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Dear Dale:

Opening the Door to Closet Renovation

January 18, 1987|Dale Baldwin

Question: I've gathered some ideas about remodeling closets from home shows and magazine and newspaper articles and advertisements. I'm going to try to redo my closets myself by removing the single door on my old-fashioned closet, widening the opening and installing sliding doors. I have limited experience in doing something like this, but I know I can hang shelves, so it's worth a try. Can you guide me to a good source for closet doors?

Answer: There are many door companies in Southern California (a listing of about six pages in the Los Angeles Consumer Yellow Pages), and I do suggest that you shop around for the type that suits your needs and decor best. In West Los Angeles, the Westside Door & Moulding Co., 2102 S. Sepulveda Blvd., has a showroom that features between 10 and 15 closet doors and a catalogue offering more; home centers often have a good selection.

One of the largest firms that manufactures and distributes mirror doors (and only mirror doors) for do-it-yourselfers is Contractors Wardrobe, 25555 Avenue Stanford, Valencia, Calif. 91355. Leland Davis, sales manager, says the mirror doors are distributed through about 600 glass shops in Southern California. There are about 20 types in different colors and materials, including steel, aluminum and oak.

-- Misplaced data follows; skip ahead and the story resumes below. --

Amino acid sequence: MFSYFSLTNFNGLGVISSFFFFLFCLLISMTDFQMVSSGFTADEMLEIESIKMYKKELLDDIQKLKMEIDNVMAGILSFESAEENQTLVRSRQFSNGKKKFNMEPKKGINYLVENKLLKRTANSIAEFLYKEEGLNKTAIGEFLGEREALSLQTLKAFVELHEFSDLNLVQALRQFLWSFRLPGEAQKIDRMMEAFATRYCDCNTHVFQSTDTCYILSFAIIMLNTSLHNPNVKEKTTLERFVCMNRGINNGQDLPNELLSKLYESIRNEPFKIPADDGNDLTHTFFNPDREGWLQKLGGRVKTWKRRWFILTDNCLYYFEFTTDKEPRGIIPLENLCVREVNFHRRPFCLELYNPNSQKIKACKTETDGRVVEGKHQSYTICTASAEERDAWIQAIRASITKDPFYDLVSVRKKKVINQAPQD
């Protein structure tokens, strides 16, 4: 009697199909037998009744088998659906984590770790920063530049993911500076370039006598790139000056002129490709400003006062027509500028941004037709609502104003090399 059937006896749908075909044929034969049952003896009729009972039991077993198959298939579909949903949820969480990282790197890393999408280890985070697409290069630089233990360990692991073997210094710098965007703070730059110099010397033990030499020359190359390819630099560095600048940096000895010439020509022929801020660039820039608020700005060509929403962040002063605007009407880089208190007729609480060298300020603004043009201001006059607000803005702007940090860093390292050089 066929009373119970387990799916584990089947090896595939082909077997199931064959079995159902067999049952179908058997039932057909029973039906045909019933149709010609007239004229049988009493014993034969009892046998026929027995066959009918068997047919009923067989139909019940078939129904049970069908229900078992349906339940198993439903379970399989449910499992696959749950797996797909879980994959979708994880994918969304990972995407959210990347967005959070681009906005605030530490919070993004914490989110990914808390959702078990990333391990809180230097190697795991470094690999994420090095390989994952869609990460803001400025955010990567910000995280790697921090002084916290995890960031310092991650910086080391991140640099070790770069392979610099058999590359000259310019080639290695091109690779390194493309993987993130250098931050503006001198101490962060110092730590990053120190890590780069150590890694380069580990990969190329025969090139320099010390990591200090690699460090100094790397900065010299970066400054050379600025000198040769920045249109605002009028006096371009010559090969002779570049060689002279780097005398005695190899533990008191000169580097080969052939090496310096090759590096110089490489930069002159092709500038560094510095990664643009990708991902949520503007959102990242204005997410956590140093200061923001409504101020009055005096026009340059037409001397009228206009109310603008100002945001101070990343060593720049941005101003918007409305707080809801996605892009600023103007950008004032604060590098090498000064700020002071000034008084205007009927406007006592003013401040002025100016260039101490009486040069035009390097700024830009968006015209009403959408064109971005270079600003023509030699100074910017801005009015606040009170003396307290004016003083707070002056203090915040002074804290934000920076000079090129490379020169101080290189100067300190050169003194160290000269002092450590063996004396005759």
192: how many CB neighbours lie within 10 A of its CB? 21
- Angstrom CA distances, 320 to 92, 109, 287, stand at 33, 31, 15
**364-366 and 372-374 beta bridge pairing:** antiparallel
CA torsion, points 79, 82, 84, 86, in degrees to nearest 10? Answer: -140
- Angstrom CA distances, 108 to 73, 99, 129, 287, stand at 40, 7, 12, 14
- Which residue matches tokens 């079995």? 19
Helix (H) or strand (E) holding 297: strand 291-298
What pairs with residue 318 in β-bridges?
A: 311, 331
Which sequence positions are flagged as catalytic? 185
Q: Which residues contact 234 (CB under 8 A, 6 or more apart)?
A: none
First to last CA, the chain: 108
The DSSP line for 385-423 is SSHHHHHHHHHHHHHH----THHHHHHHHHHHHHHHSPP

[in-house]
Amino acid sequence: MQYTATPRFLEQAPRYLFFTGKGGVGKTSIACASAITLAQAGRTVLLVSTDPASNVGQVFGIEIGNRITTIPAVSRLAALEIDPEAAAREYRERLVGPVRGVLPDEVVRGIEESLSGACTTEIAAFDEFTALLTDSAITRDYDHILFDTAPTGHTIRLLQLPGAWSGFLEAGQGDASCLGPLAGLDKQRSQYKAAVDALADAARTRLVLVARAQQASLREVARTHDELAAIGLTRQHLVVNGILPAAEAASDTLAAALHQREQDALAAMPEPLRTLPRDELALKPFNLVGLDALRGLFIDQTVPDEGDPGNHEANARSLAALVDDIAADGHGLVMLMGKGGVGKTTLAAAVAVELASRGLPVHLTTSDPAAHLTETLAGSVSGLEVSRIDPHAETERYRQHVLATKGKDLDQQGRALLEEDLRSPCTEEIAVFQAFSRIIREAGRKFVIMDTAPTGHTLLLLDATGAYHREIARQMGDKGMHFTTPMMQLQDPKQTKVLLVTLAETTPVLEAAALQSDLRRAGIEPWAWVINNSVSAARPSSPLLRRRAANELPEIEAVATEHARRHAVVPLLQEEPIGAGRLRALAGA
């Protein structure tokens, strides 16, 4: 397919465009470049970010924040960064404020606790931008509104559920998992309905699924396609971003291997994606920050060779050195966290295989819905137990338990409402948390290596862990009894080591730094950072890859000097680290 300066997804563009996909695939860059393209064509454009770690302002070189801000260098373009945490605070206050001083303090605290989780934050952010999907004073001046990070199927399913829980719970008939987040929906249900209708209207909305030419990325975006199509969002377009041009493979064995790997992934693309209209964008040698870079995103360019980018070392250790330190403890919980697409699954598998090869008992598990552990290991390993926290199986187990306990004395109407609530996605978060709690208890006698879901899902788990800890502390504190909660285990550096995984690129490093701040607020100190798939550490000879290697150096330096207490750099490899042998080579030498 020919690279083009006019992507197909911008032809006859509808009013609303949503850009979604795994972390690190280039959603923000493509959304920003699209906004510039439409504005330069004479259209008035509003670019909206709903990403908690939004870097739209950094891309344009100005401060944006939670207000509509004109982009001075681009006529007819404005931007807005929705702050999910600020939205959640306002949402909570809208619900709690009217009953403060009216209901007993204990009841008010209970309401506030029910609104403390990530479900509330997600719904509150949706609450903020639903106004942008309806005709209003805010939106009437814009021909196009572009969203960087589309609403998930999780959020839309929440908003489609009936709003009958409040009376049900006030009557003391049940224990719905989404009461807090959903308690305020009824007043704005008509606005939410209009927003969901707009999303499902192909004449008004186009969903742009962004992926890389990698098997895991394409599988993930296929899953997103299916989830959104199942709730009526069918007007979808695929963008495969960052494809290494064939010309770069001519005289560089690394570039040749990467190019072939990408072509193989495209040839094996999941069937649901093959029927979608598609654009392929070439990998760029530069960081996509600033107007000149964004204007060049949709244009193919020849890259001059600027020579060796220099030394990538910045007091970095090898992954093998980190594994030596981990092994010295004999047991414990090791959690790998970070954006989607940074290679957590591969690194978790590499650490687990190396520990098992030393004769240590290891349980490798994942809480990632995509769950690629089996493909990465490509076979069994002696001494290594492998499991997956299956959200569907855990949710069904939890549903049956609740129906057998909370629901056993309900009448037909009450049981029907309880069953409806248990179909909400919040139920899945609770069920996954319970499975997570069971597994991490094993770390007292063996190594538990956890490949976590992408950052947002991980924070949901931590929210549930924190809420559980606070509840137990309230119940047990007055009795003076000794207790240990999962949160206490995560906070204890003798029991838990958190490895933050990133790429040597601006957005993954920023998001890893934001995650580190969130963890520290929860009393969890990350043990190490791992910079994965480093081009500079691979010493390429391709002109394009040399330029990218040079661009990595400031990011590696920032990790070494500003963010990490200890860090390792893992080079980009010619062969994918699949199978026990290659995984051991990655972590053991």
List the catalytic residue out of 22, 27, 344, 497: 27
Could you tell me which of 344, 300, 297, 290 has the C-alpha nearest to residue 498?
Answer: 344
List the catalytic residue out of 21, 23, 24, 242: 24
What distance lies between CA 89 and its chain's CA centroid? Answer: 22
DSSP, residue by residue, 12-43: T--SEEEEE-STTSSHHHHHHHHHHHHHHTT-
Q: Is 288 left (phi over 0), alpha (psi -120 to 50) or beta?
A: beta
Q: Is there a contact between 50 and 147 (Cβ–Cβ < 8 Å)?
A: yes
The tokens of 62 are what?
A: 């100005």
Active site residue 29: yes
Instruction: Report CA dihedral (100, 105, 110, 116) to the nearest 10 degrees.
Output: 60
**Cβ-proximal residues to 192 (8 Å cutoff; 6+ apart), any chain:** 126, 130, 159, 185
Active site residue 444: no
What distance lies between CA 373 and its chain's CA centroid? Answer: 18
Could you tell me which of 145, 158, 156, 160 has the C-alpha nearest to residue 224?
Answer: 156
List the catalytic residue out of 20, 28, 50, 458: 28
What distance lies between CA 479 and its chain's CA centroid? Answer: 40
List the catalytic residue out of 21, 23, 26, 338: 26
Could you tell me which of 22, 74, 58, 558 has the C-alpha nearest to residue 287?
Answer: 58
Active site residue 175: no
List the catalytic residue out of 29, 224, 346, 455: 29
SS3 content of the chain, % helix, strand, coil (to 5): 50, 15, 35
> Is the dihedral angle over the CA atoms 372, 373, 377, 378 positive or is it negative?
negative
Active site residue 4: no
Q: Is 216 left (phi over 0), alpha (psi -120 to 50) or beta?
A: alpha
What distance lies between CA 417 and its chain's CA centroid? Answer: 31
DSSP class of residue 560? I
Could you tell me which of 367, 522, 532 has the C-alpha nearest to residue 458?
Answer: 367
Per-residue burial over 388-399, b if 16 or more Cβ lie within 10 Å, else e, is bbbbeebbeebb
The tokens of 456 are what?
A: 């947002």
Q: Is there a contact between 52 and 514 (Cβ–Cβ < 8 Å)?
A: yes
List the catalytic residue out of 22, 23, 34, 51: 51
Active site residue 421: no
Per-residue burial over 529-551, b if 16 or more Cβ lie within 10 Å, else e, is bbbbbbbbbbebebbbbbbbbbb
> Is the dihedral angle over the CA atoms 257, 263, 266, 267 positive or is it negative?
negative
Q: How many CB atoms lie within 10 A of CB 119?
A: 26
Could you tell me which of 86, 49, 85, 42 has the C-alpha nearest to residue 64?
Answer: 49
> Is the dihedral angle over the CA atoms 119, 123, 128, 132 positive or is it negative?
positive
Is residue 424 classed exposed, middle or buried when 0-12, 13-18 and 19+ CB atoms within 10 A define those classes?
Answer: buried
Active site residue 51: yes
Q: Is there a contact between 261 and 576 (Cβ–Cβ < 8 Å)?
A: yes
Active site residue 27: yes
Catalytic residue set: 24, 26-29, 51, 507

Contractors Wardrobe will send instructions for installing the doors if you write and send a stamped, self-addressed envelope.

While enlarging the closet opening creates dust and clutter, the single most important thing is measuring the finished opening accurately to be sure the doors you buy will fit, Davis says, adding, however, they can make doors in any sizes.

If you get discouraged, you might want to call in one of the professional closet remodelers.

Also, after getting an estimate of the materials you'll need for your renovation, you may want to compare your costs with those of a professional before you take on the task.

MAIL BAG: T.J. Owens of Graber Industries Inc. writes that Graber manufactures a regular or super-duty slim-line aluminum drapery track for creating roll pleats, rather than French pleats. The Graber track has snaps that fasten to other snaps in a tape on the drapery heading. He says any retailer has access to Graber products. (The Los Angeles sales office is at 12611 Hidden Creek, Cerritos, Calif. 90701.)

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